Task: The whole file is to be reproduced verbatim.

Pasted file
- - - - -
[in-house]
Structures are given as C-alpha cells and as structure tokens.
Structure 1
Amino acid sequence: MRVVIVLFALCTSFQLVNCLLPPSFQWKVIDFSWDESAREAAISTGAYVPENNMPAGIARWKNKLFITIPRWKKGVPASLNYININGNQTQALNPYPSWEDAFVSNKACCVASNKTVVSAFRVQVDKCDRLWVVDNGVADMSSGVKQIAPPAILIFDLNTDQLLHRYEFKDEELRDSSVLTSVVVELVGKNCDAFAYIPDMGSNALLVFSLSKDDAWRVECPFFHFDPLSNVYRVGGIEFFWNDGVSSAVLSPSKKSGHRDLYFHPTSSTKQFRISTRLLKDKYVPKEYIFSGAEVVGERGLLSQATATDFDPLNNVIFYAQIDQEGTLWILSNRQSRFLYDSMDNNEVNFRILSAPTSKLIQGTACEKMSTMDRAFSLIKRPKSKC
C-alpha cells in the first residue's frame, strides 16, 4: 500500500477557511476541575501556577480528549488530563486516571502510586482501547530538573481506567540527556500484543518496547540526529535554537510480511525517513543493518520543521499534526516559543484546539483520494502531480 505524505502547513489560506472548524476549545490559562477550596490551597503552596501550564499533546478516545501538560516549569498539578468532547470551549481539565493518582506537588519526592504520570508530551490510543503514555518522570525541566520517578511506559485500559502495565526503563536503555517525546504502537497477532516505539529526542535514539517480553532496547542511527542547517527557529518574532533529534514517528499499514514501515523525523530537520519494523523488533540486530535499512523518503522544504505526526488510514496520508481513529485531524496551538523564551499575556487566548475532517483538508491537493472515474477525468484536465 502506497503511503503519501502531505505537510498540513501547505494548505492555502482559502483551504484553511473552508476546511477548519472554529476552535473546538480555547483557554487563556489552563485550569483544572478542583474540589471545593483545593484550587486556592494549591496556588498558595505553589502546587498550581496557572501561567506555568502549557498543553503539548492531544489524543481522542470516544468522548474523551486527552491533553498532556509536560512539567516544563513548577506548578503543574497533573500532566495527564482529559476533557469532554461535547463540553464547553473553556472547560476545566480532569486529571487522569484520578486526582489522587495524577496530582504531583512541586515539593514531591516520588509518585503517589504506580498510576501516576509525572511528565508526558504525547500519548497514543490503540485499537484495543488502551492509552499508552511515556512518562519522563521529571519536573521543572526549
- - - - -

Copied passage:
[in-house]
Structures are given as C-alpha cells and as structure tokens.
Structure 1
Amino acid sequence: MRVVIVLFALCTSFQLVNCLLPPSFQWKVIDFSWDESAREAAISTGAYVPENNMPAGIARWKNKLFITIPRWKKGVPASLNYININGNQTQALNPYPSWEDAFVSNKACCVASNKTVVSAFRVQVDKCDRLWVVDNGVADMSSGVKQIAPPAILIFDLNTDQLLHRYEFKDEELRDSSVLTSVVVELVGKNCDAFAYIPDMGSNALLVFSLSKDDAWRVECPFFHFDPLSNVYRVGGIEFFWNDGVSSAVLSPSKKSGHRDLYFHPTSSTKQFRISTRLLKDKYVPKEYIFSGAEVVGERGLLSQATATDFDPLNNVIFYAQIDQEGTLWILSNRQSRFLYDSMDNNEVNFRILSAPTSKLIQGTACEKMSTMDRAFSLIKRPKSKC
C-alpha cells in the first residue's frame, strides 16, 4: 500500500477557511476541575501556577480528549488530563486516571502510586482501547530538573481506567540527556500484543518496547540526529535554537510480511525517513543493518520543521499534526516559543484546539483520494502531480 505524505502547513489560506472548524476549545490559562477550596490551597503552596501550564499533546478516545501538560516549569498539578468532547470551549481539565493518582506537588519526592504520570508530551490510543503514555518522570525541566520517578511506559485500559502495565526503563536503555517525546504502537497477532516505539529526542535514539517480553532496547542511527542547517527557529518574532533529534514517528499499514514501515523525523530537520519494523523488533540486530535499512523518503522544504505526526488510514496520508481513529485531524496551538523564551499575556487566548475532517483538508491537493472515474477525468484536465 502506497503511503503519501502531505505537510498540513501547505494548505492555502482559502483551504484553511473552508476546511477548519472554529476552535473546538480555547483557554487563556489552563485550569483544572478542583474540589471545593483545593484550587486556592494549591496556588498558595505553589502546587498550581496557572501561567506555568502549557498543553503539548492531544489524543481522542470516544468522548474523551486527552491533553498532556509536560512539567516544563513548577506548578503543574497533573500532566495527564482529559476533557469532554461535547463540553464547553473553556472547560476545566480532569486529571487522569484520578486526582489522587495524577496530582504531583512541586515539593514531591516520588509518585503517589504506580498510576501516576509525572511528565508526558504525547500519548497514543490503540485499537484495543488502551492509552499508552511515556512518562519522563521529571519536573521543572526549